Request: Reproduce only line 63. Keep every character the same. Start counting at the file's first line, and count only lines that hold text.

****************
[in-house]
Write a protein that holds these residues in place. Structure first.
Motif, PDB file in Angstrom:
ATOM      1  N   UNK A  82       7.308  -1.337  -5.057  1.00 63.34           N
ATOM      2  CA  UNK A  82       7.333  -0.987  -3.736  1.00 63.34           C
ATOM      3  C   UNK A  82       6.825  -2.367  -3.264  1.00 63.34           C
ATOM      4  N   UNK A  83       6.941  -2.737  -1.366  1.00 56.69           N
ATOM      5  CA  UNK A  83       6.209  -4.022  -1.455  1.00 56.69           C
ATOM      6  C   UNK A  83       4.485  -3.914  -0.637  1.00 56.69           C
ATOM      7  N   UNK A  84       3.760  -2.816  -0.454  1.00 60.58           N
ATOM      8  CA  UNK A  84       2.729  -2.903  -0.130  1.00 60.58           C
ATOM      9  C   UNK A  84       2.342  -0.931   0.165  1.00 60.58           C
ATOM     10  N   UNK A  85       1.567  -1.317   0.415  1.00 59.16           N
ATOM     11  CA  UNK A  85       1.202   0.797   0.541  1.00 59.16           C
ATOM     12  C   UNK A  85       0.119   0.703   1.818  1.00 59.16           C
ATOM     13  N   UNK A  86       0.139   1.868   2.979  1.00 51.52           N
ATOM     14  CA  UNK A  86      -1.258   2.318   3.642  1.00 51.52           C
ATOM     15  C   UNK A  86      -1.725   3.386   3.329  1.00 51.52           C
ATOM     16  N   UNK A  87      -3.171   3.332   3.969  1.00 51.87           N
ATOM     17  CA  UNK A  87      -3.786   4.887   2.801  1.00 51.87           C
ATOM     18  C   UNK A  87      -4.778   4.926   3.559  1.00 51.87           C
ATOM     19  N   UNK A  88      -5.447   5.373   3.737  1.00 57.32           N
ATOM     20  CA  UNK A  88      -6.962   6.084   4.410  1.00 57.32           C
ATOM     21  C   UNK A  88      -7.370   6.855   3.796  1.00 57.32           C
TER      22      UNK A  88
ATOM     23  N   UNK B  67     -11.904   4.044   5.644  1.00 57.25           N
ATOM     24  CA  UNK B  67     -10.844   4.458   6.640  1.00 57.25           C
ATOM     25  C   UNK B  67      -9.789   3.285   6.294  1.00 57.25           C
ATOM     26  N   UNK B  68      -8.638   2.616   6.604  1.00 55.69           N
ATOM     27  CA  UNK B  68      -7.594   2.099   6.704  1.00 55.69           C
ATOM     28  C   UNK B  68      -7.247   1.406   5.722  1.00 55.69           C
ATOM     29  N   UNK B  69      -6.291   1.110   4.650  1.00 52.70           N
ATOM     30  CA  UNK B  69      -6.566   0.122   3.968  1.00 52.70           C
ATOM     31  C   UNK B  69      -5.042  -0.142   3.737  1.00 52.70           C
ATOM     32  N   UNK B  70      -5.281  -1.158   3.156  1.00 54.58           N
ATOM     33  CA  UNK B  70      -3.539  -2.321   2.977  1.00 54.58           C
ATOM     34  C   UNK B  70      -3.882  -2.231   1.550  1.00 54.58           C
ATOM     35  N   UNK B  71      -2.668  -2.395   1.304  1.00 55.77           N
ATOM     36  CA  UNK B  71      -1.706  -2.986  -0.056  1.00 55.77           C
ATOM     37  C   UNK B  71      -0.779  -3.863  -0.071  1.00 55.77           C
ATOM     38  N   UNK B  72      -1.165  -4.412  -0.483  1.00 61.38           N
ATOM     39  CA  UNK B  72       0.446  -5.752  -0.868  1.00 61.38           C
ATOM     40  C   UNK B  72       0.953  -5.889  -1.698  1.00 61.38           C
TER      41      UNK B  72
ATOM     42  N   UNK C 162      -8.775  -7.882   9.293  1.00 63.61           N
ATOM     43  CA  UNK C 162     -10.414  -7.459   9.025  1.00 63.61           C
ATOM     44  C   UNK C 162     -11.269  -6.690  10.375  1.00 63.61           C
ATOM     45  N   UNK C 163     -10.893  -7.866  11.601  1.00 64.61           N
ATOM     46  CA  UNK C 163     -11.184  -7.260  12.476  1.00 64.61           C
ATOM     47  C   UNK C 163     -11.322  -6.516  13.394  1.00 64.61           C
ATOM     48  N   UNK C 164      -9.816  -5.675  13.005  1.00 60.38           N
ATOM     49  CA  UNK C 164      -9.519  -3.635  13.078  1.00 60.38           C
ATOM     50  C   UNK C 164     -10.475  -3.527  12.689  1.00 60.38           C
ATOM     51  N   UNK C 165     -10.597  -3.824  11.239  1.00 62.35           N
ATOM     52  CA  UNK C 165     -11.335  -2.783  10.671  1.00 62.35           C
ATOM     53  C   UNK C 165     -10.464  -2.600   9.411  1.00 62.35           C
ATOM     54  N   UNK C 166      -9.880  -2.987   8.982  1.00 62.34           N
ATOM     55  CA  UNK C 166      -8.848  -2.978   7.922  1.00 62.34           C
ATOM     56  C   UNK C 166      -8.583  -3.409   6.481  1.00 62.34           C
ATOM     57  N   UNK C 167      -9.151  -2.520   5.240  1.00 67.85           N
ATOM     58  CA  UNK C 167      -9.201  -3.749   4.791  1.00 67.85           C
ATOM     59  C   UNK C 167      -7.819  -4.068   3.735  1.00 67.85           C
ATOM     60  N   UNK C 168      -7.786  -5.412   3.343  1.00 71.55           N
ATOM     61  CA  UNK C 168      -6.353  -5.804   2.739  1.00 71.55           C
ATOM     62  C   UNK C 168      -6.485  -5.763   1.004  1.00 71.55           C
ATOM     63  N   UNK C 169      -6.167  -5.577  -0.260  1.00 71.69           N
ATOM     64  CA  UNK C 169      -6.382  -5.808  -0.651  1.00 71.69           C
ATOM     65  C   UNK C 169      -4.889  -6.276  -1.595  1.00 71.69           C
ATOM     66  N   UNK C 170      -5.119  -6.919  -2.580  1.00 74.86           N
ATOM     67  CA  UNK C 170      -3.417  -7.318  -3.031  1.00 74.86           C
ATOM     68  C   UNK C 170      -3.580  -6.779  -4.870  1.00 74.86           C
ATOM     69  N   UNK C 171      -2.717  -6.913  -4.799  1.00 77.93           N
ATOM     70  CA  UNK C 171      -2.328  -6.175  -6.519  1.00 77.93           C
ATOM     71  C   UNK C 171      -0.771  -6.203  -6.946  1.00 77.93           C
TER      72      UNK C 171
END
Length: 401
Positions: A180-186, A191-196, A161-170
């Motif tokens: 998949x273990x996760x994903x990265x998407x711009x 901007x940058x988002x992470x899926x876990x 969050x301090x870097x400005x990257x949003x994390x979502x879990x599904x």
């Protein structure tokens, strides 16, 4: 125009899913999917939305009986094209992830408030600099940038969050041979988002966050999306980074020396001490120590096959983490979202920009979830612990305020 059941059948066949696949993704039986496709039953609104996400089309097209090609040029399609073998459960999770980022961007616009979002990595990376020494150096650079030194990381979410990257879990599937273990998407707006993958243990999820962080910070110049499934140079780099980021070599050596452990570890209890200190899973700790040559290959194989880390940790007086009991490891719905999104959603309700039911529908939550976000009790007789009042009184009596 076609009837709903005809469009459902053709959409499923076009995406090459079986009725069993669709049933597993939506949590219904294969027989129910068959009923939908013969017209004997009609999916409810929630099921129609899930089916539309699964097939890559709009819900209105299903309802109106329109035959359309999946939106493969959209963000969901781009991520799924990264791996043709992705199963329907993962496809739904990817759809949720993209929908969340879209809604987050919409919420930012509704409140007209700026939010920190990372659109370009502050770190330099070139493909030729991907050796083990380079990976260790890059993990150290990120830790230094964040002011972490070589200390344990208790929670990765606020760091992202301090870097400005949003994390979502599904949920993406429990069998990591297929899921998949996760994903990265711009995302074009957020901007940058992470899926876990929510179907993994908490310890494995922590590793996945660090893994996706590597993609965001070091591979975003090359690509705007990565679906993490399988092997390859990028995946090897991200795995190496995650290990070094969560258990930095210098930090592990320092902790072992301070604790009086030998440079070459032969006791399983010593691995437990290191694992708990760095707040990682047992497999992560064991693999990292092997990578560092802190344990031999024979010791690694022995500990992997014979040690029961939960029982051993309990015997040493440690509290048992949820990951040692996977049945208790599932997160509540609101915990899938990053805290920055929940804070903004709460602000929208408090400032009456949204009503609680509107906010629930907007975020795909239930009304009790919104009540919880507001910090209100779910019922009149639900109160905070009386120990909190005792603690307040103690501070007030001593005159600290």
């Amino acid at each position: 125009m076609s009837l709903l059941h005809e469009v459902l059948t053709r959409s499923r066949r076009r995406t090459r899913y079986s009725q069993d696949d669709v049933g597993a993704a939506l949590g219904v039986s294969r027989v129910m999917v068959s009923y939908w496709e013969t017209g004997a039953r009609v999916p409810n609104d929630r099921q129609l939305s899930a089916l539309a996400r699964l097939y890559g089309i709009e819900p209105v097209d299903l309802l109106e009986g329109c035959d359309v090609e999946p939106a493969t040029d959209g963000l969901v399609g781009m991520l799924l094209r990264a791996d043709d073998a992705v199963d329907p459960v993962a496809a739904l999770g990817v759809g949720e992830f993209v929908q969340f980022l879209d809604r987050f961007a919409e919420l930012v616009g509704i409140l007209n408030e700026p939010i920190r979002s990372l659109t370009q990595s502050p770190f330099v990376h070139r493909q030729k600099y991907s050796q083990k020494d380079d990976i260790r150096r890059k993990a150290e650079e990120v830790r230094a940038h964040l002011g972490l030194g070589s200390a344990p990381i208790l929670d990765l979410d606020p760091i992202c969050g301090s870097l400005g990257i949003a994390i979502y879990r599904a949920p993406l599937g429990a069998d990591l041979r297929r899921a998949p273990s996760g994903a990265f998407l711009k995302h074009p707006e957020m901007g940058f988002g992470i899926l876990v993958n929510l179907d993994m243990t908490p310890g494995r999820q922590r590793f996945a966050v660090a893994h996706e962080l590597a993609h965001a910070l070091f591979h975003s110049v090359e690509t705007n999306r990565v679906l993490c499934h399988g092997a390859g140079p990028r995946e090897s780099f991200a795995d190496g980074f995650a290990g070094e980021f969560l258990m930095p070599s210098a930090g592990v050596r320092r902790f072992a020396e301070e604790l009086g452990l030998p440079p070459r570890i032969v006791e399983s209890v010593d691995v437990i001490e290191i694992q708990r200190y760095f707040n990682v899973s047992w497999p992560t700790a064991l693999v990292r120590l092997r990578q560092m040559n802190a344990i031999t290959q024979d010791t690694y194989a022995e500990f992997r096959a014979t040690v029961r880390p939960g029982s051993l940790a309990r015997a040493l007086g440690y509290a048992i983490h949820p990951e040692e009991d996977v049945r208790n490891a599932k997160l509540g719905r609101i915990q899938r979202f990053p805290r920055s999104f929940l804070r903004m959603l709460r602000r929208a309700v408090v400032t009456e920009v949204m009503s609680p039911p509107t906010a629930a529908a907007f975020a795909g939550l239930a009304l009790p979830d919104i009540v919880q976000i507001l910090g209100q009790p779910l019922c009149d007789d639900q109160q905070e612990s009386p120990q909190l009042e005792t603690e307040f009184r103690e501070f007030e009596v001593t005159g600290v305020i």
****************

ATOM     60  N   UNK C 168      -7.786  -5.412   3.343  1.00 71.55           N